I believe there are, and I've read some somewhere, I'm just not intimately
familiar with the rules governing this area.

I'm SO just leaving it at that.

Second, might it not be expedient to identify the 3rd party snippets and just
stick in a placeholder comment?
// this performs an FFT
// this does some specialized calculation
// this is code for the well-known Dasblinkenlights algorithm...

Is it permissible to post links to online instances of any such code?

Is it permissible to supply self-encapsulated compiled code to act as a
black-box that a developer would need to emulate with their own from-scratch
source code?
For instance, run some code which passes data to that black-box module, which
then passes on processed data to a second set of code...

Can the 3rd party source be "paraphrased" as pseudo code?


I'm just thinking that getting it posted in ANY form would jump-start this, and
it would be FAR faster to give the 3rd party stuff a quick-and dirty
non-functional rewrite in one of the above forms, than actually replace it with
working code.


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From: clipka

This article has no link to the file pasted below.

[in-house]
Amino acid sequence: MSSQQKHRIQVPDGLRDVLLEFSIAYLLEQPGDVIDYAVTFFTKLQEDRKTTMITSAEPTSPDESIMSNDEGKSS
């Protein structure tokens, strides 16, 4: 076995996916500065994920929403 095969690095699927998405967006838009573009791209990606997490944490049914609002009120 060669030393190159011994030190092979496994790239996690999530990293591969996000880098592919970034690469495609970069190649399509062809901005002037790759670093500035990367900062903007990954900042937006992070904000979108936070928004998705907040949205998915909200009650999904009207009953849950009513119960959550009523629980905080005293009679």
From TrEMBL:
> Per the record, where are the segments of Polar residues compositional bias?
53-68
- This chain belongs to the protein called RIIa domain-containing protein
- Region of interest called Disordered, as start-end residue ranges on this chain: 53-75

Subject: Re: Modernize Moray
Date: 4 Jan 2018 17:41:04
Message: <5a4e6730$1@news.povray.org>
Am 04.01.2018 um 15:18 schrieb Bald Eagle:

> I have a few questions about this, as IP remains very gray and thorny for me.
> 
> There are instances where a work may be cited as an excerpt, may be used for
> parody, etc.   Are there the same / similar  rules for code?
> I believe there are, and I've read some somewhere, I'm just not intimately
> familiar with the rules governing this area.

I bet there's no universally true answer to this question. IP laws
differ a lot between countries, and software may or may not get special
treatment there.

> Second, might it not be expedient to identify the 3rd party snippets and just
> stick in a placeholder comment?
> // this performs an FFT
> // this does some specialized calculation
> // this is code for the well-known Dasblinkenlights algorithm...

That depends on the license under which the original authors of Moray
used such code. Any publication of software (not only in binary form,
but also as source code) requires the copyright holder's permission
(that is, a license); so if the 3rd party did not explicitly allow
publication of their source code, that's not an option.

> Is it permissible to post links to online instances of any such code?

Yes, absolutely -- provided that online instance already constitutes a
publicly accessible copy of that code and is legit (i.e. the "owner" of
that instance has the right to make it publicly available).

> Is it permissible to supply self-encapsulated compiled code to act as a
> black-box that a developer would need to emulate with their own from-scratch
> source code?
> For instance, run some code which passes data to that black-box module, which
> then passes on processed data to a second set of code...

That also depends on the license. By default (i.e. if in doubt), the
answer would be "no".